To be able to paint over your wallpaper it must be tightly bound to your walls. If the wallpaper is tightly bound to the wall the the next step is to clean the paper. a damp cloth and a mild laundry detergent works well. I like Dawn dish soap. Be sure to rinse the walls using a clean damp cloth. It is important to not over saturate the walls with water or you may have a problem with how well the paper sticks to the wall.

The next step is to prep the walls for painting. Tape off the base, remove stitch plates, etc. You will want to use an oil base primer over the wallpaper. We do two coats. After priming you will want to look at the paper for any open seams, tears, on the wallpaper. These imperfections will need to be skim coated with drywall mud. After drying you will sand smooth and re-prime those areas.

Now you should be ready for the finish coat. If you notice any bubbles that rise up in the paper, they will need to be cut out, have mud applied and sanded, then primed. Sometimes you can get all the way to the finish coat before bubble form. Just cut them out and mud.

Two coats finish are best. Painting over wallpaper isn’t hard at all.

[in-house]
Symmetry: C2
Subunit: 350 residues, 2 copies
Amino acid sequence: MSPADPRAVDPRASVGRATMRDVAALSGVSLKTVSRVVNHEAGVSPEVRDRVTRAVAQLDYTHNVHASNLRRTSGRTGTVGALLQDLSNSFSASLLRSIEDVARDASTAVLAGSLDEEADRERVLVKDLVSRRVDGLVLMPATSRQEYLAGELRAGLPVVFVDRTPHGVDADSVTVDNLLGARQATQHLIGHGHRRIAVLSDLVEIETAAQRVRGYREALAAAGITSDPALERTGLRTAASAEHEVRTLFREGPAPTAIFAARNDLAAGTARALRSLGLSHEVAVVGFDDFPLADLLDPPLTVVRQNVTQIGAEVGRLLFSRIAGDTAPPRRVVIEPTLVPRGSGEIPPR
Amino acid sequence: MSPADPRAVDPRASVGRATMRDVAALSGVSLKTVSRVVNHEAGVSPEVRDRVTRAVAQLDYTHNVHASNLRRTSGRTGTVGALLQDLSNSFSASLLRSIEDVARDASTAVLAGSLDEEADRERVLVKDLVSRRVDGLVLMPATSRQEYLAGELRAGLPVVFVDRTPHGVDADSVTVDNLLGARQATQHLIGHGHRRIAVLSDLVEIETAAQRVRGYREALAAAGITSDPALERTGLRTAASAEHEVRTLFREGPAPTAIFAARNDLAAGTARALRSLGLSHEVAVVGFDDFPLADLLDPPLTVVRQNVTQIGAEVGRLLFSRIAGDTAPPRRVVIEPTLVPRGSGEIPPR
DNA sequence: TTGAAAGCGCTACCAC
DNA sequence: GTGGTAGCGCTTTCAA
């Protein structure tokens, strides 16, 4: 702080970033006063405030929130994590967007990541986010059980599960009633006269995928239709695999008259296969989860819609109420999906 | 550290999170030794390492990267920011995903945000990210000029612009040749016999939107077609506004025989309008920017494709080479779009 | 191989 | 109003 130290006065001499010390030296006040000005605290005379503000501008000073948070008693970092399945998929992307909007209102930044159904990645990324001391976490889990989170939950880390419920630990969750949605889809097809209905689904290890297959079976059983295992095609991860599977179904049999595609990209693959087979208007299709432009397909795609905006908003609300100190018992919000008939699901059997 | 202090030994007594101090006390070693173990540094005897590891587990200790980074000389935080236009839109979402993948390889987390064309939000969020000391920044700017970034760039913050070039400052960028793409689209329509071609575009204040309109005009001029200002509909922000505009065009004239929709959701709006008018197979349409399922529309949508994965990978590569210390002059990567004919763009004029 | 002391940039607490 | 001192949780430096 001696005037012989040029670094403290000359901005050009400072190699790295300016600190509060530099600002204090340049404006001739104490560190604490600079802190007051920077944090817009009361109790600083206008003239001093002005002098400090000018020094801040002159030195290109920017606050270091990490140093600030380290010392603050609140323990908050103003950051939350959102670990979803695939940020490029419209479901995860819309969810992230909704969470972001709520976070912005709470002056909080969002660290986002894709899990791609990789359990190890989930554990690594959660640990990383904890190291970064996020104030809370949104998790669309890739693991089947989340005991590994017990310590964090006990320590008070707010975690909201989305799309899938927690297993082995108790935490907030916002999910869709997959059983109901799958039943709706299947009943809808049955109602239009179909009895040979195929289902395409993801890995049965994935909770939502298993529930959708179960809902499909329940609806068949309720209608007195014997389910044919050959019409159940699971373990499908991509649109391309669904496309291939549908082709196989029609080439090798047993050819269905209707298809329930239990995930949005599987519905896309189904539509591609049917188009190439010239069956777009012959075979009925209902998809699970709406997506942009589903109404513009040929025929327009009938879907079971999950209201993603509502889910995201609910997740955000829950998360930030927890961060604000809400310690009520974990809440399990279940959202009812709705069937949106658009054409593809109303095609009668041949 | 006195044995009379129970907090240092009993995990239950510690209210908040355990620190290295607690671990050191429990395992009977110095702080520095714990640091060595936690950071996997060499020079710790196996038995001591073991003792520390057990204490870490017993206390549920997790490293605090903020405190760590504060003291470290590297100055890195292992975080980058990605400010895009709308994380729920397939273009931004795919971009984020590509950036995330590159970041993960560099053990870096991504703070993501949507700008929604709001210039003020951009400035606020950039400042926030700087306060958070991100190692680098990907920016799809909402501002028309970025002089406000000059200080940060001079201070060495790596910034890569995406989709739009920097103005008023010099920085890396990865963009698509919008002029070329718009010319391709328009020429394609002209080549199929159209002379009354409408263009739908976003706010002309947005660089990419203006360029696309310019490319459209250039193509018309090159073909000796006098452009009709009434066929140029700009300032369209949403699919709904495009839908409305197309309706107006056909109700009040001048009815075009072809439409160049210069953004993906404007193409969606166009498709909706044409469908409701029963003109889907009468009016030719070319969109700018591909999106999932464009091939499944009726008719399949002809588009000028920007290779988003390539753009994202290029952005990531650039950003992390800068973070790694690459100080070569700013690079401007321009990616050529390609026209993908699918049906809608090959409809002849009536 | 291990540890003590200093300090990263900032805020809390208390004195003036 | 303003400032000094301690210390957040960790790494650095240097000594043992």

Modified Polymer Coatings

Modified polymer coatings are used when enhanced durability is needed. They offer abrasion and chemical resistance but also have an additional benefit. Most are less sensitive to colder environments. Once they are activated they will cure even in cold temperatures. Sometimes the time to dry is extended but they will cure out.

An extended dry time can pose a problem when there is the risk of someone coming into contact with the painted surface like what we just had painting doors and frames and some structural steel at a transit station for the City of Omaha. The areas were enclosed to protect the painted surfaces from blowing debris and so we could pump some heat into those areas.

The coating we used was difficult to work with. It was a two component modified polymer urethane. High performance coatings like this are often two component. The tinted base is mixed with an activator. You can also add some solvent to try to extend the dry time and make it easier to work with.